While reading Tyler Johnson’s book “How to Raise the Dead” a few months back, I hit upon a section where he talks about the goodness of God–and how when we are afraid of God, specifically afraid that God is going to harm us in any way, we lack understanding about God’s nature. Whether one cares to raise the dead or not, this passage struck a chord within me.
I recall quite clearly the first night I ever experienced gemstones appearing from heaven. Jewels were literally falling all around us–both appearing on the floor and falling from midair. At one point I lay on the ground and said “Hit me God,” expecting and hoping that gems would fall on me. As I lay there, fear began to creep in. I had seen some large stones–one of which was fist-sized, and began to get afraid that God would drop a large one on my groin, stomach, or face.
On some level we might think “that’s absurd–why would God do that?” but the fear was there nonetheless. When it did happen a minute later or so, they fell on my left shoulder instead, and I felt relieved. For whatever reason, that moment has stuck with me. How could I be so afraid that God was going to harm me like that? What made me believe that God would be so cruel? It was a stark juxtaposition if we consider that we were having jewels lavishly thrown at us, and here I was afraid that they would hit my family jewels instead.
That was years ago, but even to this day I struggle on some level with accepting God’s goodness, and I am pretty sure I’m not alone. For some reason, it is far easier to believe that God is cruel, mean, or unkind than it is to believe that he is first of all pure, peace-loving, considerate, and full of mercy (James 3:17). Something about our experiences with others–and often with our own fathers, has taught us that God can’t be trusted, can’t be kind, and will generally return our desires for his affection with anger. It’s sad, really. And consciously, I know it’s not true, but there remain places within me that struggle to accept what I understand is quite clearly God’s nature of pure love.
Even as I was reminded of this event, and the fear and trepidation I had associated with those moments, I found myself appreciative that God brought it to my memory. I truly believe that in order for us to gain a deeper revelation of God’s goodness, we need to be healed of the emotions and transform our beliefs that suggest His nature is contrary. When God reveals to us the areas of darkness within our hearts and minds, it isn’t to create shame or show us how unworthy we are–God already knows we struggle with value and identity and sin and shame. He isn’t interested in pointing out our flaws for any reason other than to make us pure and to set us free.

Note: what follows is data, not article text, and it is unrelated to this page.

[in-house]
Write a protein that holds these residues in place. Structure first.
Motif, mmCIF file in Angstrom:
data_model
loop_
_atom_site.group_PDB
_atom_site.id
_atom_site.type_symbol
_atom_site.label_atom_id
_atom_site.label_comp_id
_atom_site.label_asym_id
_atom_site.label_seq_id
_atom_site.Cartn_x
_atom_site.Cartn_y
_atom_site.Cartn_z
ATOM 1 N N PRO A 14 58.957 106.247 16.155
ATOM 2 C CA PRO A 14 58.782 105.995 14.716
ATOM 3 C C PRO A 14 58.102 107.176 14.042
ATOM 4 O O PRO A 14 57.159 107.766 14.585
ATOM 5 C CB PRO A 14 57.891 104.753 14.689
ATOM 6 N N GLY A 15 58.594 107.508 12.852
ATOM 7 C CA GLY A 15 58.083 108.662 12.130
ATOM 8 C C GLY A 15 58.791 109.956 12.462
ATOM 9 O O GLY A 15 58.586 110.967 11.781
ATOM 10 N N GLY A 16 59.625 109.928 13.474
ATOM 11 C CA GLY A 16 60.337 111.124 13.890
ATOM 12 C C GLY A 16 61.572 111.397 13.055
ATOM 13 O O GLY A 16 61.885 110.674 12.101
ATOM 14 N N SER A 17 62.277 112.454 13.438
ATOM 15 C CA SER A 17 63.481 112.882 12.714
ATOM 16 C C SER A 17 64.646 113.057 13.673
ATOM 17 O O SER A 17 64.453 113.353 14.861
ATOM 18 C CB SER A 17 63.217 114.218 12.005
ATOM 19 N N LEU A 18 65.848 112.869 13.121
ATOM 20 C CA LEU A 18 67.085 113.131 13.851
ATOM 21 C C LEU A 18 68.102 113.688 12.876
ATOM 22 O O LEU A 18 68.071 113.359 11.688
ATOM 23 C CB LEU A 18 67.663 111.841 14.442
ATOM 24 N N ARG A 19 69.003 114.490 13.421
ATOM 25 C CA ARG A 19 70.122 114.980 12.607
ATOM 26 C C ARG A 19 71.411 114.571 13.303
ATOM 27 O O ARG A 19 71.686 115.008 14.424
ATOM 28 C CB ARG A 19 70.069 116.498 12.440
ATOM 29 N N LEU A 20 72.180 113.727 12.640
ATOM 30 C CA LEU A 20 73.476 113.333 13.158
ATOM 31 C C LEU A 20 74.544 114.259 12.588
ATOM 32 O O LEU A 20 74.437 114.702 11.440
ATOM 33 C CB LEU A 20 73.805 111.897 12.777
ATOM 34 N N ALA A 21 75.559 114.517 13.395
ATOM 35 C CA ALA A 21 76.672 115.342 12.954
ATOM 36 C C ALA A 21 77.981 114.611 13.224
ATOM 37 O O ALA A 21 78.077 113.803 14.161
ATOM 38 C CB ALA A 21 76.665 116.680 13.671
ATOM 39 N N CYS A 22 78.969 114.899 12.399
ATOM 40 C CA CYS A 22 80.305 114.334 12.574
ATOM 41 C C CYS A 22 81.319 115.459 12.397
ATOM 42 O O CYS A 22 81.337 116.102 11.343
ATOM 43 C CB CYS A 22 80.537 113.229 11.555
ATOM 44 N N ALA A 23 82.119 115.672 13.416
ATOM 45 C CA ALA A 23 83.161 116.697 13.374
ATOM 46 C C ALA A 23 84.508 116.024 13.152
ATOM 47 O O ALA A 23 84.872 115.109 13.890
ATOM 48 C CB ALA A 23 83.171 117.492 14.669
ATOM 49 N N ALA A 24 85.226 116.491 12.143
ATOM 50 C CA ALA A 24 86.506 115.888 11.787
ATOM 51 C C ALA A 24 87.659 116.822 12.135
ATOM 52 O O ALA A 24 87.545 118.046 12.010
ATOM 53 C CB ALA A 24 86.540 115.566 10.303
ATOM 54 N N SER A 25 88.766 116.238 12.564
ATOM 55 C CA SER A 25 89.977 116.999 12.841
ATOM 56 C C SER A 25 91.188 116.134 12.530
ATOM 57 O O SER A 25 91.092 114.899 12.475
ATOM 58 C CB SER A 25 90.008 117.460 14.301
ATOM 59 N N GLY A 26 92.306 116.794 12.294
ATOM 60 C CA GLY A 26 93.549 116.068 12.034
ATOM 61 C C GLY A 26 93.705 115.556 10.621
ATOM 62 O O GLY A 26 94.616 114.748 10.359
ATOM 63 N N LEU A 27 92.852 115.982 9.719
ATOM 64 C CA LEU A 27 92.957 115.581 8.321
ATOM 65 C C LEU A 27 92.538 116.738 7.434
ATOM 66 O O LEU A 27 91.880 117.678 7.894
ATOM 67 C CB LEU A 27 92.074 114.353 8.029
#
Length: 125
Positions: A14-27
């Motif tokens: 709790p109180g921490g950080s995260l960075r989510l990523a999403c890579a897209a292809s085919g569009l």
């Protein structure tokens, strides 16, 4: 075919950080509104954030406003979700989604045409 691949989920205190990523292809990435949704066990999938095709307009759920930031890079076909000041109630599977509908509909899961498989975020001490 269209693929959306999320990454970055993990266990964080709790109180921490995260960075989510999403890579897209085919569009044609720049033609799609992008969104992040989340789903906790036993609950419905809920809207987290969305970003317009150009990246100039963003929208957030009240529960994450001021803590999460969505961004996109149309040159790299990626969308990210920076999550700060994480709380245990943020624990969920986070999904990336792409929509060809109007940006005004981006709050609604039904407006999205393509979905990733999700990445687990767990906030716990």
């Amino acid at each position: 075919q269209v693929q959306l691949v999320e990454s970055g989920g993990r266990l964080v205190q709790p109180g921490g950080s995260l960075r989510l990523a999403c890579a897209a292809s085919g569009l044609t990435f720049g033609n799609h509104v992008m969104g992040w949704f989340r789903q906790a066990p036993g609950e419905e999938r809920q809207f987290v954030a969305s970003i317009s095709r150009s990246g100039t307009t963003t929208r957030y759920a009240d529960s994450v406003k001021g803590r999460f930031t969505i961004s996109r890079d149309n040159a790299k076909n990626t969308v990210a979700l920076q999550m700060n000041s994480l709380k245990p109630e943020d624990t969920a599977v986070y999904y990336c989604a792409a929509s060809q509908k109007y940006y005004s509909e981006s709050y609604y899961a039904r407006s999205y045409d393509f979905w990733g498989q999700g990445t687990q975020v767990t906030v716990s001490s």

I believe that a revelation of God’s goodness is important pertaining to resurrection of the dead, but it hits on every aspect of our lives–how we deal with conflict, lack, troubling circumstances, death, anger, fear, rejection, anxiety, hopelessness, depression, and every other problem or emotion that exists. I believe that God’s goodness is a foundational truth that God, in His great love and mercy, is restoring to the Church so that we as the Body can live the abundant, overcoming life He has promised us again and again. I highly recommend Tyler’s book, as I believe it presents one of the clearest and most complete perspectives on God’s goodness, but whether you read the book or not, I encourage each and every reader to look at your own beliefs about God. Do you feel the Father treats you like Jesus? Every area where you feel God the Father treats you differently than Jesus would is an invitation to pray that God reveals His heart and heals hurt places deep inside and to help us turn toward truth, grace, and love.
I believe God is preparing us as the Body to walk in unprecedented levels of signs, wonders, and miracles, and it all begins with a renewed mind so that we can walk in our identity as the much-loved sons and daughters of the King–the beloved with whom He is well pleased. Go in peace.